“I’m sorry daddy?” I interrupted, sighing deeply. “I promise you I’m not begging. Omololu and I just thought if we could somehow show them that their opinion about mummy’s people is wrong, then they would come around,”

“Then let Omololu speak to them,” He said in a tone that tells me he was shrugging. “Let him put his house in order and then come for you. Your brother told me about their ridiculous prejudice against your mother’s people, but that has nothing to do with us. It’s either they respect and trust their son’s choice or they don’t. You will not force yourself down their throat, do you understand me?”

“Yes sir,” I answered.

He sighed as if he was suddenly exhausted, “Teniola,” He started again, this time softly. “I don’t want you thinking that I’m obtuse about your feelings for that boy. I personally like him, he has a good head on his shoulders and I would give my blessing in a second if he asks for your hand. But you are ours, our daughter, and my priority is making sure that your emotions are not blinding you.”

I nodded, blinking back a treacherous tear “I know sir. I just didn’t want to give up on him without a fight.”

“I can respect that, but no more begging. If they do not want you for their son, that’s okay, you will find another. Don’t you know that if you beg to join their family now, you may always have to beg to stay? Neither I nor your mother would be part of that rubbish.”

“I understand,” I simply said. And I do understand yet I sat wondering if he also understands how hard dating is. The very thought of starting over sickens me. This Pastor must not fail o, I thought, shivering at the thought of the current dating pool.

“By the way, what’s the name of the church his parents attend? The one you went to in Akure?” I heard Daddy asked.

“Errhm, I can’t remember exactly, but it was an Anglican church. It’s quite close to the university,” I responded.

“Oh, they are Anglican. And I know an Anglican Pastor in Akure o, he was one of the boys I taught during my short time teaching after NYSC. I ran into him a few years back at a party and he mentioned pastoring an Anglican church in Akure,”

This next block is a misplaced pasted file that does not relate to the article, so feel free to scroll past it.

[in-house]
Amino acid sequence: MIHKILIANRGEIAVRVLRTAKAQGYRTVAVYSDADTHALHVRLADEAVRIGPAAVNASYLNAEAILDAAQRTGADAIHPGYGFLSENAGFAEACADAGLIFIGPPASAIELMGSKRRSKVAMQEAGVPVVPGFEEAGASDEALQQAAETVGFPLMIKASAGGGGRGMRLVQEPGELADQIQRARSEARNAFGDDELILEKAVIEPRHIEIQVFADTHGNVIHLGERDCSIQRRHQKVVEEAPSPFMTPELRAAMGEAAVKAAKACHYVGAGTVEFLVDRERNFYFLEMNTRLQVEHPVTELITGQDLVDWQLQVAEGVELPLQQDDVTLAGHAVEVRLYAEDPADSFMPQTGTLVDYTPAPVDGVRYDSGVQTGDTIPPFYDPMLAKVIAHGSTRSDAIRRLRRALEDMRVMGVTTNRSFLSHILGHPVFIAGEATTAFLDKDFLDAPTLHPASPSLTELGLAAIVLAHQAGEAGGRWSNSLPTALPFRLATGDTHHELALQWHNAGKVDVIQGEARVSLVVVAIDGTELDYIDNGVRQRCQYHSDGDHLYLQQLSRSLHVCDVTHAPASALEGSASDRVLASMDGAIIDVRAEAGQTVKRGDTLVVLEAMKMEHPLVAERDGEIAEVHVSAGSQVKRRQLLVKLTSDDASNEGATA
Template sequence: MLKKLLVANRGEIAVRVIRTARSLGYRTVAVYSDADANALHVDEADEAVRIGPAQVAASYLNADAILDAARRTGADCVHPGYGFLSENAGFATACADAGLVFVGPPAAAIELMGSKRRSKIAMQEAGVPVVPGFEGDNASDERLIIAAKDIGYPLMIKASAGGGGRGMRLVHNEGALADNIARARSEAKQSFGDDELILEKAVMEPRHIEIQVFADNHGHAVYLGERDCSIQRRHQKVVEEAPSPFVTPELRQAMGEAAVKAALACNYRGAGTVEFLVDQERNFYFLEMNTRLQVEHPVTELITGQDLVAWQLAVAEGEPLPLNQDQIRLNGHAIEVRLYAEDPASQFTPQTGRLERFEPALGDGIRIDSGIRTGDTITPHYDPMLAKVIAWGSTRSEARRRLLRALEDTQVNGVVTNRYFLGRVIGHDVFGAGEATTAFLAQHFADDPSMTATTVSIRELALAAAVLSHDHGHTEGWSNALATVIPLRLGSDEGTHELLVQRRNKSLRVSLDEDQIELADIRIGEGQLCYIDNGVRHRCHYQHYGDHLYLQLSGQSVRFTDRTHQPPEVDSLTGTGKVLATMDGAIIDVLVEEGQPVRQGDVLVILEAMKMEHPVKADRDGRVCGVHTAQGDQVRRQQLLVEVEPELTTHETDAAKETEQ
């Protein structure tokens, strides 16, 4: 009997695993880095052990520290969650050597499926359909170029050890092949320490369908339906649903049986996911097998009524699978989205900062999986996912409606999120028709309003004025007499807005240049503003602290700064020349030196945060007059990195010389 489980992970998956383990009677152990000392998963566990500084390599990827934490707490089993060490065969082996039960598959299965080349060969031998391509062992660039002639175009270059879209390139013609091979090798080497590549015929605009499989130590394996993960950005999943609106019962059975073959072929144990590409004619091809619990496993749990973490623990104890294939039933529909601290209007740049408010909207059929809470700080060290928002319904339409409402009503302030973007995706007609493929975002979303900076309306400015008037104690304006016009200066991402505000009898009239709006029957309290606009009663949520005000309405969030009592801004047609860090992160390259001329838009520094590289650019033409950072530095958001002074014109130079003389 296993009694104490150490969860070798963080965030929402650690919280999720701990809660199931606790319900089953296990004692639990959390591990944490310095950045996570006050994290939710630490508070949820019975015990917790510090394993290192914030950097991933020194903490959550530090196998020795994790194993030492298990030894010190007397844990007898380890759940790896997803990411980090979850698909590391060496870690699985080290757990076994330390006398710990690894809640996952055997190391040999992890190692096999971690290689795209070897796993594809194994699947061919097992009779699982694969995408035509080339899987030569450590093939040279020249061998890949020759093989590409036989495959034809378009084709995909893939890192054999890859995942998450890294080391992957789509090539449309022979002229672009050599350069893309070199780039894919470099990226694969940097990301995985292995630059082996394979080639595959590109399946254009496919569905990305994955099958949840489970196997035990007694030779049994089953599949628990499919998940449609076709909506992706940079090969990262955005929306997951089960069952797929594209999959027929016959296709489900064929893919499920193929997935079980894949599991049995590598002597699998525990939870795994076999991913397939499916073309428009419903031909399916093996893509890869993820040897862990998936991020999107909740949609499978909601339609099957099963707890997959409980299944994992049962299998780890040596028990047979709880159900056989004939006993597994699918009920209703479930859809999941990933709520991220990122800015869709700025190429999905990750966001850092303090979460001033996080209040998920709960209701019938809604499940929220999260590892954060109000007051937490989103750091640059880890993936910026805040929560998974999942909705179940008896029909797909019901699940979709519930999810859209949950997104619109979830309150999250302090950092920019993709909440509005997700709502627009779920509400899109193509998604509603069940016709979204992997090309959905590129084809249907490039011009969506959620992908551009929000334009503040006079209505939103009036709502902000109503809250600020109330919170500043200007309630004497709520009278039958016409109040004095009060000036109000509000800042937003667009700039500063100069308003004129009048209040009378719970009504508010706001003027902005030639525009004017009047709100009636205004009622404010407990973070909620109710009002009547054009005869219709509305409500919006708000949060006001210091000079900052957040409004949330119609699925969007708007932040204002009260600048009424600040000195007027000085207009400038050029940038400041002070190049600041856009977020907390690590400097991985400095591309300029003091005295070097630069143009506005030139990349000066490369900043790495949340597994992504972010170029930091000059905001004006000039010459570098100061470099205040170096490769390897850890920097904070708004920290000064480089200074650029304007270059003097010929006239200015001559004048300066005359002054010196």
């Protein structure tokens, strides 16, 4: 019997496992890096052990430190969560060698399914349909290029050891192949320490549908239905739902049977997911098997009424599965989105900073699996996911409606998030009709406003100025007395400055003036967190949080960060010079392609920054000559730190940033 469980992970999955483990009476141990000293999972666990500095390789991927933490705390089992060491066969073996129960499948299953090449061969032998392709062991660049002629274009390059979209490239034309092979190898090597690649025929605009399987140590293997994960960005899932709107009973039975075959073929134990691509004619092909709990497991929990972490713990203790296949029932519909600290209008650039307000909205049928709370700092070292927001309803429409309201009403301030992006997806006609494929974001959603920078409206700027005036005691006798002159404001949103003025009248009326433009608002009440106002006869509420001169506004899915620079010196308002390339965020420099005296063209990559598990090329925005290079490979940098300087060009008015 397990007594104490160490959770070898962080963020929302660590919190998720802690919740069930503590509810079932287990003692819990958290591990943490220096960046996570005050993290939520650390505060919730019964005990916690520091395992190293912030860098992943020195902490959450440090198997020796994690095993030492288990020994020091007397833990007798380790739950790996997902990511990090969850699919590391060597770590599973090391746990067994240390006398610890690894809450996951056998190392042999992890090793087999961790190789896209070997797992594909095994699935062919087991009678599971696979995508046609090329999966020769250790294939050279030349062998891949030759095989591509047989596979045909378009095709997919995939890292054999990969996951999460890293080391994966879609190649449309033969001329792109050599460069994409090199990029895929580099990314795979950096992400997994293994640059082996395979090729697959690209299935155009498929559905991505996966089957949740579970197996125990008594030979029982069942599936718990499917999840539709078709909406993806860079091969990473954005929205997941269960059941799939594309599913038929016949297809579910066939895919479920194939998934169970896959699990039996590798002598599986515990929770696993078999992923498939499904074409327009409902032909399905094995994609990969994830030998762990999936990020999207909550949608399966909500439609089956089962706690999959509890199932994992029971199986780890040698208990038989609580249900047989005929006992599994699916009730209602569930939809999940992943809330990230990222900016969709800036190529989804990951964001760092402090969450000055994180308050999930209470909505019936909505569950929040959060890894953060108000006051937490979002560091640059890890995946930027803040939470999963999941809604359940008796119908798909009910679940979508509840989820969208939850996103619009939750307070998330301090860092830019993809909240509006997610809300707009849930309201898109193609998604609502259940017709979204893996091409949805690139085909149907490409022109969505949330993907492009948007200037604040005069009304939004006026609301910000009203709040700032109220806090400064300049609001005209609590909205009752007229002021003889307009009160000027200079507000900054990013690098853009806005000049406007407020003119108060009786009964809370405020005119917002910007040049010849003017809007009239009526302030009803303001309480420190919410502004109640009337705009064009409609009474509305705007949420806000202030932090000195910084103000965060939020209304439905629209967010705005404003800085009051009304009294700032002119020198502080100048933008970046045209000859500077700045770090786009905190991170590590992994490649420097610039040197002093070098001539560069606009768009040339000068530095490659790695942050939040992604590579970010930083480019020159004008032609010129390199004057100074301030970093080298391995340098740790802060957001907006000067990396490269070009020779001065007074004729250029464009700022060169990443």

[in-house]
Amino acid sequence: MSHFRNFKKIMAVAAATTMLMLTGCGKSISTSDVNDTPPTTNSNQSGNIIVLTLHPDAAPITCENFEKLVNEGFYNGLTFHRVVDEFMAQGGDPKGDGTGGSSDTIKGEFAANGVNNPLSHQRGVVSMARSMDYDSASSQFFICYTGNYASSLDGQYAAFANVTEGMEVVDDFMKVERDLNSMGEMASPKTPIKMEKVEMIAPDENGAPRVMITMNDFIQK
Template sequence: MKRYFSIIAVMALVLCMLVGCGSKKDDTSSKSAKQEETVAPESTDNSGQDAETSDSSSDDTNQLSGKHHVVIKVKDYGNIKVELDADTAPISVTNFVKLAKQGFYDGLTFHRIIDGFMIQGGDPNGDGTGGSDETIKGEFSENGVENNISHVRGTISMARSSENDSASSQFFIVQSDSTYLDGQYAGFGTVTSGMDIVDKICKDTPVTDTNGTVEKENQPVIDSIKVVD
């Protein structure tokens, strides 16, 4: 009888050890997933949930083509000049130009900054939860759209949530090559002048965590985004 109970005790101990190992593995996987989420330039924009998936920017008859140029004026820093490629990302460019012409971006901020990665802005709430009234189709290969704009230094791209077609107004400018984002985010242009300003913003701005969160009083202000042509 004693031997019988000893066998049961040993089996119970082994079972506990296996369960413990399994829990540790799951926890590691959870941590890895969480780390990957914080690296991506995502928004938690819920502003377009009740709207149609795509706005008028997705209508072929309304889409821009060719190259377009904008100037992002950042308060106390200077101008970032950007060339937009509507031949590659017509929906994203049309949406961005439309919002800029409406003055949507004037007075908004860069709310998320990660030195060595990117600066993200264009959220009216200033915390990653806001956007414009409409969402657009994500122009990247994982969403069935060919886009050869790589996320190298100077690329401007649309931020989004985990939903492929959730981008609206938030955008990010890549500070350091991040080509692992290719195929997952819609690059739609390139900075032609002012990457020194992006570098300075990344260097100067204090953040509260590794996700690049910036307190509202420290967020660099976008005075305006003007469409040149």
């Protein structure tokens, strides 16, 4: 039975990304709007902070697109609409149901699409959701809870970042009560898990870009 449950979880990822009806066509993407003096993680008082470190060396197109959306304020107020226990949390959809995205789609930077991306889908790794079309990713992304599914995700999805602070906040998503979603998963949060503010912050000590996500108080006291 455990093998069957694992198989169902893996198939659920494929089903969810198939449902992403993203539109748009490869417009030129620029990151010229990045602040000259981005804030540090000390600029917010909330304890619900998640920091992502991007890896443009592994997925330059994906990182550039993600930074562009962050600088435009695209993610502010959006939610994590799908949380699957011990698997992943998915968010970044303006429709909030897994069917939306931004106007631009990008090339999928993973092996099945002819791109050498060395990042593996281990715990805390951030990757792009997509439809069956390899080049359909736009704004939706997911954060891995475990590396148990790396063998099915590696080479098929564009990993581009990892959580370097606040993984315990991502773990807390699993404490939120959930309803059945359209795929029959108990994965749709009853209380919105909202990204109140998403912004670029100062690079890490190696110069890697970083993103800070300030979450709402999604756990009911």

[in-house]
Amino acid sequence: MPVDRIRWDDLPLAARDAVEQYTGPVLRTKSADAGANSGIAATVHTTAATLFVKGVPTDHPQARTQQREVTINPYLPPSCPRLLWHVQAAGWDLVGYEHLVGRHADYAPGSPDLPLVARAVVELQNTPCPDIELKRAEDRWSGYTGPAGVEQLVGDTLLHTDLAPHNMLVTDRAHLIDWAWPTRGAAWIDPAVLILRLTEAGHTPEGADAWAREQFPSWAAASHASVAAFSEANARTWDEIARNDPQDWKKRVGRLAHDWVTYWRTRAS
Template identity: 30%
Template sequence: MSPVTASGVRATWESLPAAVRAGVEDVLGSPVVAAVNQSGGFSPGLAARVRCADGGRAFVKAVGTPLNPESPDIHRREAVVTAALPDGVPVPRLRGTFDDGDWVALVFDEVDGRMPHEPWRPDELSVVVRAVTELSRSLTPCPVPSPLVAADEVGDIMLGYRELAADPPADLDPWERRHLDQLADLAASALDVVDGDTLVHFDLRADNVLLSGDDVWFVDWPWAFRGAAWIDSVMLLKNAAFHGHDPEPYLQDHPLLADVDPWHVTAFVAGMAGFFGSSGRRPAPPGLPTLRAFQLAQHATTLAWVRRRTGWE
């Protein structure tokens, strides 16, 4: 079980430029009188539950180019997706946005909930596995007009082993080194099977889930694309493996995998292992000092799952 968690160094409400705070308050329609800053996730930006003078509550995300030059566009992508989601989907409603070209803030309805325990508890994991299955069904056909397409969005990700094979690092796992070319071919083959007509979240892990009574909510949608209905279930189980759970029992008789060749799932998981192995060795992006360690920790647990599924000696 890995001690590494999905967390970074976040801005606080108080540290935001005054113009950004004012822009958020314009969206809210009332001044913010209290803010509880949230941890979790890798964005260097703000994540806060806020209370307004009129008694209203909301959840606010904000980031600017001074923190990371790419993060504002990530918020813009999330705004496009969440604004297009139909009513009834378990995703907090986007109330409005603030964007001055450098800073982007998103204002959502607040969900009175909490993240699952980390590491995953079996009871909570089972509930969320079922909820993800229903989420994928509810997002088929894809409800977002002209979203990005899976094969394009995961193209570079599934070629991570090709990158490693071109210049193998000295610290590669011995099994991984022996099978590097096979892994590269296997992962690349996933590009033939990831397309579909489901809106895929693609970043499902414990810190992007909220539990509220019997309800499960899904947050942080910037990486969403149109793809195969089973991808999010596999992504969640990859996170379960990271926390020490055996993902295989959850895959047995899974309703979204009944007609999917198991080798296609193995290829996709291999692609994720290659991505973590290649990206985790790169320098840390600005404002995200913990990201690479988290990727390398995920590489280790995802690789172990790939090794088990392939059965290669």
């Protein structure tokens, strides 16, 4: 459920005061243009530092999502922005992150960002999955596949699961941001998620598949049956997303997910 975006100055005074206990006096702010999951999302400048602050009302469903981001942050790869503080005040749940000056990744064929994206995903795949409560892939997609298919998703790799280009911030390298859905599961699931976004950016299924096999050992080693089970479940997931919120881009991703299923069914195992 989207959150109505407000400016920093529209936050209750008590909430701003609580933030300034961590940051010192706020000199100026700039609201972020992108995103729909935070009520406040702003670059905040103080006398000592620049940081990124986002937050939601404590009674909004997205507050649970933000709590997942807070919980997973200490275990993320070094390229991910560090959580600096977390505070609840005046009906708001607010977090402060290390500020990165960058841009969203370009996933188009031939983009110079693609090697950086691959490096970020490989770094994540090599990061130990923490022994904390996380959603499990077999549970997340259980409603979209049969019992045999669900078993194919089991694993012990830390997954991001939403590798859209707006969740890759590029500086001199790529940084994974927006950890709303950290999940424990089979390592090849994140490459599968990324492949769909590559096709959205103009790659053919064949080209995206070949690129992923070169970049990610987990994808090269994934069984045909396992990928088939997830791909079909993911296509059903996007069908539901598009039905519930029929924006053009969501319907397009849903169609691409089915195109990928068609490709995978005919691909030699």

“Oh,” I muttered, wondering what his old student turned Pastor had to do with me.

“Lanre, that’s his name,” He continued. “I’m sure he would know this pastor you met, and he can help me find out about your boy’s family,”

“Sir?” I questioned, confused at the new turn of the conversation.

“Ha, do you think I will not try to find out about the family you want to dash yourself to?” He hissed. “What’s the name of the Pastor you met jare?”

“Adeoti sir. Pastor Adeoti,” I answered, my face scrunched up in frustration. Everything was getting out of control, and I couldn’t see what good my dad poking around would do.

Adeoti ke? That’s Lanre’s surname too now,” He chuckled, obviously finding humor in this current mess. “If it’s Lanre, it’s even good. Abi you don’t think so?”

“Very easy sir?” I mumbled, suddenly tired to my bones. The stress of the day was catching up to me, and the conversation wasn’t helping.

“Good,” He said. I imagined him nodding in satisfaction. “I will call him tomorrow, and let you know,”

“Yes sir. Good night sir,” I said, faking a yawn.

“Pele, okay bye,” He responded.

“Eat before you sleep o,” I heard my mum say just before he ended the call.

I should have known she was listening to the conversation, I thought, rolling my eyes.